LIRR expecting to run normal service after storm

February 11, 2010 4:27:58 PM PST
The hope is that riding the rails shouldn't be a problem today for Long Islanders.The Long Island Rail Road -- the busiest commuter railroad in the country -- was planning on normal rush service for the morning commute, but seemed to be facing some delays.

There were early morning delays between Hicksville and Jamaica due to switch trouble.

The LIRR operated a near-normal morning rush hour on Wednesday and offered extra, early-afternoon eastbound service out of Penn Station to get customers home. By late afternoon, more than 90 percent of the customers who traveled in during the morning had returned home safely. The LIRR experienced significantly lower ridership - 46 percent less than usual - as a result of Wednesday's storm.

In continuing to deal with the storm, the LIRR has its switch heaters on, is operating its antifreeze trains and regular electric train cars are equipped with special scraper shoes to help reduce third rail icing. LIRR deployed extra personnel throughout the railroad to keep the system up and running and to inform customers of our winter storm service schedule.

Customers are urged to check on LIRR service before heading to train stations by monitoring the LIRR's Web site at, listening to the latest news broadcasts and traffic reports and/or signing up for our free E-Alerts.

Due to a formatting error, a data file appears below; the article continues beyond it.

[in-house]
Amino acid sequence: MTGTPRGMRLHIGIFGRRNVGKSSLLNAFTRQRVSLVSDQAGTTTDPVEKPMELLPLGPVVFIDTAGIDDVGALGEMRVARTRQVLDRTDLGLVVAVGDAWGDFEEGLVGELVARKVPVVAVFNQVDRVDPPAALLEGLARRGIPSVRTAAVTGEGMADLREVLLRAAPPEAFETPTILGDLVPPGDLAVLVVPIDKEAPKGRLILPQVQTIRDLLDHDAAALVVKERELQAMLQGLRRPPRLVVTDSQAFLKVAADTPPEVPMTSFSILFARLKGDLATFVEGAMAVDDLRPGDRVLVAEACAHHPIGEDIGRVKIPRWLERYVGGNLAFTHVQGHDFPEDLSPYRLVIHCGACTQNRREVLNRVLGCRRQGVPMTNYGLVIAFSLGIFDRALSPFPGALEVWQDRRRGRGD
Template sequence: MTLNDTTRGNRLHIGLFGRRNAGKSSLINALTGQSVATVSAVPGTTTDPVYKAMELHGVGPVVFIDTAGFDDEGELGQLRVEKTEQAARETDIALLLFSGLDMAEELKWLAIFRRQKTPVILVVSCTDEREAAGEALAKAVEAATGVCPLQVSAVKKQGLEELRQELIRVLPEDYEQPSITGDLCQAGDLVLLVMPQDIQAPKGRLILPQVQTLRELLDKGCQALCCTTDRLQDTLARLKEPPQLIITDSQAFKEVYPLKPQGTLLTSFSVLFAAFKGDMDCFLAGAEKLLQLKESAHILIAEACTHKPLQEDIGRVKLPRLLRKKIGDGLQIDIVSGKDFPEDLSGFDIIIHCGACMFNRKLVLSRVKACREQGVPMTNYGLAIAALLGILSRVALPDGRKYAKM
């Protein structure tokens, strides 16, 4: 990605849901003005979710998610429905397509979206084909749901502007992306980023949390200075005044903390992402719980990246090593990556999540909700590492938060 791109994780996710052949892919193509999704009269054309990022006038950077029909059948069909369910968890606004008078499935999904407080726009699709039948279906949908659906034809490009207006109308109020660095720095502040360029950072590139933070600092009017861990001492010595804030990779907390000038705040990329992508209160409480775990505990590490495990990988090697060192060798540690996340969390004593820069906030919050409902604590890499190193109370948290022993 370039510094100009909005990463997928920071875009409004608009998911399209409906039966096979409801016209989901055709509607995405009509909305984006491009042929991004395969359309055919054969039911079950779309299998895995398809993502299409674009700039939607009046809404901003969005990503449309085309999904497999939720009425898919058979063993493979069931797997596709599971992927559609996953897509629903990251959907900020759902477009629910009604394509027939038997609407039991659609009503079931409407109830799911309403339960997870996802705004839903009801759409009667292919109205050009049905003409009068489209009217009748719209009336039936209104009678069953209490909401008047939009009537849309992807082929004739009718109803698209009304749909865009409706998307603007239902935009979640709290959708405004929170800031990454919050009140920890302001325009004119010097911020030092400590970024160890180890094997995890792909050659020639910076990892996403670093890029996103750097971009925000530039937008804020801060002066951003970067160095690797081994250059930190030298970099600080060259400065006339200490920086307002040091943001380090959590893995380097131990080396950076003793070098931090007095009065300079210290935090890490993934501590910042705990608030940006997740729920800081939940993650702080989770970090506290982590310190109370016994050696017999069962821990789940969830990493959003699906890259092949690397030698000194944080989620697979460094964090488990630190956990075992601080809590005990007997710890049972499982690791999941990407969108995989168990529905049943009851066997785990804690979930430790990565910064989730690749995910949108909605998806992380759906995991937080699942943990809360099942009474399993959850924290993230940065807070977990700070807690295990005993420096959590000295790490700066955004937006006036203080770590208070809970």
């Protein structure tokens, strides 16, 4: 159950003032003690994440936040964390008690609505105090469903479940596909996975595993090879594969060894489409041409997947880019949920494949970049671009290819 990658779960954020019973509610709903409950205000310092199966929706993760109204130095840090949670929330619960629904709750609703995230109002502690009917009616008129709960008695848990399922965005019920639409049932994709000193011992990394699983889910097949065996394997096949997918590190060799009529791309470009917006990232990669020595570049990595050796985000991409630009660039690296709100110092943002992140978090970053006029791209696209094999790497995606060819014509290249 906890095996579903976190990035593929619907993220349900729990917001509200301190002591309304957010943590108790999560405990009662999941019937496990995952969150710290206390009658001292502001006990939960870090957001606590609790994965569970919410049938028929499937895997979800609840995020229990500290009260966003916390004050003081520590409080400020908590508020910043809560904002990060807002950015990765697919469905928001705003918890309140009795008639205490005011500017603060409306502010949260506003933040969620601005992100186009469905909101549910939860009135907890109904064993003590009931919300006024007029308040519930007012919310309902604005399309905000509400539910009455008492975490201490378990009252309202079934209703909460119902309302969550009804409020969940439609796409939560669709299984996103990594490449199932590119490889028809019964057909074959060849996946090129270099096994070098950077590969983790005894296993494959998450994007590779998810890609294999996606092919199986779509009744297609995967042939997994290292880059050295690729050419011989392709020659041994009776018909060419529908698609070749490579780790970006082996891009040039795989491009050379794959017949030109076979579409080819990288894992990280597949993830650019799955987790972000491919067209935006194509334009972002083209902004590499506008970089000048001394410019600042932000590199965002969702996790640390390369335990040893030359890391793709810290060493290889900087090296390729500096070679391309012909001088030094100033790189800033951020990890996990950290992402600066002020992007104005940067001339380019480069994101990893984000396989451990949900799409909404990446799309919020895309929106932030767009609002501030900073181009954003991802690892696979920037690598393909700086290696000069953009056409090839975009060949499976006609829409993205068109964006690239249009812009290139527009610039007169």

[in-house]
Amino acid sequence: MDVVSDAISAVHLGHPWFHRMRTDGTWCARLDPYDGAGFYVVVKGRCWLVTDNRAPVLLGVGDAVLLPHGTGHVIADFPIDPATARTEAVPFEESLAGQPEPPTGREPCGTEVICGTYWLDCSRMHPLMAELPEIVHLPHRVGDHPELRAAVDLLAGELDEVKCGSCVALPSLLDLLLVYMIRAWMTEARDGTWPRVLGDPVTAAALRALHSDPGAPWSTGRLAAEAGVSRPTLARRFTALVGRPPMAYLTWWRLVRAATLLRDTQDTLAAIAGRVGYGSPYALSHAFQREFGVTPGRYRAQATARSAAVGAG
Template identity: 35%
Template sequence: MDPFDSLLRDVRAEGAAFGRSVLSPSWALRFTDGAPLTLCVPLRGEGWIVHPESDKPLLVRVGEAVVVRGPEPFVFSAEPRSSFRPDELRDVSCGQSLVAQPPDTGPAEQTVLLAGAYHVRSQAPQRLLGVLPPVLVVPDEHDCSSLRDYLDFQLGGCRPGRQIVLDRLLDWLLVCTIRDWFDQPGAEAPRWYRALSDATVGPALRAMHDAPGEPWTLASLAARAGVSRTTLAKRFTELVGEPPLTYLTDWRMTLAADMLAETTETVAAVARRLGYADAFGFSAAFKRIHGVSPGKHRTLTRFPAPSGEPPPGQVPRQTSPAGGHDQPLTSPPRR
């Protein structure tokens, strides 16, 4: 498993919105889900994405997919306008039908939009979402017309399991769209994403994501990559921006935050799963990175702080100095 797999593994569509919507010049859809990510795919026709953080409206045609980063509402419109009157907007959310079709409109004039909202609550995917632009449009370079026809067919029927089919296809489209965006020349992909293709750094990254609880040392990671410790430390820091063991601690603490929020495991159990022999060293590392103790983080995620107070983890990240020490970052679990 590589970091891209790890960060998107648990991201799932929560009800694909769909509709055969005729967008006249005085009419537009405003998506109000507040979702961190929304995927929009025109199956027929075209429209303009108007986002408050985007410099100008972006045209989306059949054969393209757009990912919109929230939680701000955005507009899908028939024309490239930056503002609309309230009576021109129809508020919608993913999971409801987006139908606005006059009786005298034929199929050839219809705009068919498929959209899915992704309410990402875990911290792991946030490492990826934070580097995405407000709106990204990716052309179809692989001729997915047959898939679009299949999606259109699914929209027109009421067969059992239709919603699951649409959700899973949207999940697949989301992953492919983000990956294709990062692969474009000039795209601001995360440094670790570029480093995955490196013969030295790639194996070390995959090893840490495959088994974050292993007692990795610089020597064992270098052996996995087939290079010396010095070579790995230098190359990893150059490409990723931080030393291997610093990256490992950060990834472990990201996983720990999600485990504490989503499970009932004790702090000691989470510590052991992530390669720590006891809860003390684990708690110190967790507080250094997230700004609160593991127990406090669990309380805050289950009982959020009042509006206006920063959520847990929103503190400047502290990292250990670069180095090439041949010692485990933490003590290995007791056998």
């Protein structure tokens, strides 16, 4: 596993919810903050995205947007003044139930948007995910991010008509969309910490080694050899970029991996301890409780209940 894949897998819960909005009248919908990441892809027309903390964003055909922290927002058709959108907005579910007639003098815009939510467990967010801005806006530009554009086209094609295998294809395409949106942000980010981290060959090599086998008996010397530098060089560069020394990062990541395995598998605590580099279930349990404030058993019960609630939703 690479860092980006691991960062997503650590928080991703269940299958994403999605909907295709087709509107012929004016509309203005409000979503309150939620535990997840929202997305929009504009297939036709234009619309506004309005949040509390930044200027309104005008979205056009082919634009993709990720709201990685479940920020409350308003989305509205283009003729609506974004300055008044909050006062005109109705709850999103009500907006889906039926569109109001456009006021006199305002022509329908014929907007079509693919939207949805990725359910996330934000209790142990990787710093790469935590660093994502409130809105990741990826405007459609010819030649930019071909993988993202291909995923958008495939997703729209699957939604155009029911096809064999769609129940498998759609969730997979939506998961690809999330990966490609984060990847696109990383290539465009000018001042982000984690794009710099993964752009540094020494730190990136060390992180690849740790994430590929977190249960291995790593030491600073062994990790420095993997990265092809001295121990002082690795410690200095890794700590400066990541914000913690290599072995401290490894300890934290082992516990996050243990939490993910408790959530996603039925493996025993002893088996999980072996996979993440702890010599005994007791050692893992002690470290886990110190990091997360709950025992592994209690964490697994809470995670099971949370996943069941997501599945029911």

LIRR employees will be working as hard as possible to clear tracks of snow and restore service on the secondary branches, as part of the second stage of snow clearing, with the goal of providing regular interval service for the evening rush hour.

Meanwhile, Suffolk County officials said a Brookhaven man died of a heart attack Wednesday morning while shoveling.

It appears to be the first weather-related death in our area. They are not identifying the man or giving out any more information due to privacy laws.

There were also three injuries related to snow blower accidents in the county. In terms of vehicle accidents, Suffolk County responded to 62 accidents between midnight and 11:30 a.m.

Authorities said conditions remain very treacherous and anyone driving needs to use extreme caution.

Suffolk County Executive Steve Levy urged that all residents who do not need to leave their homes should not do so.

He also reminded residents to use 911 only for life-threatening emergencies, not for information. Residents with non-emergency situations can use the SCPD non-emergency number 852-COPS (852-2677) or the Suffolk County Fire, Rescue and Emergency Services line at 852-4900.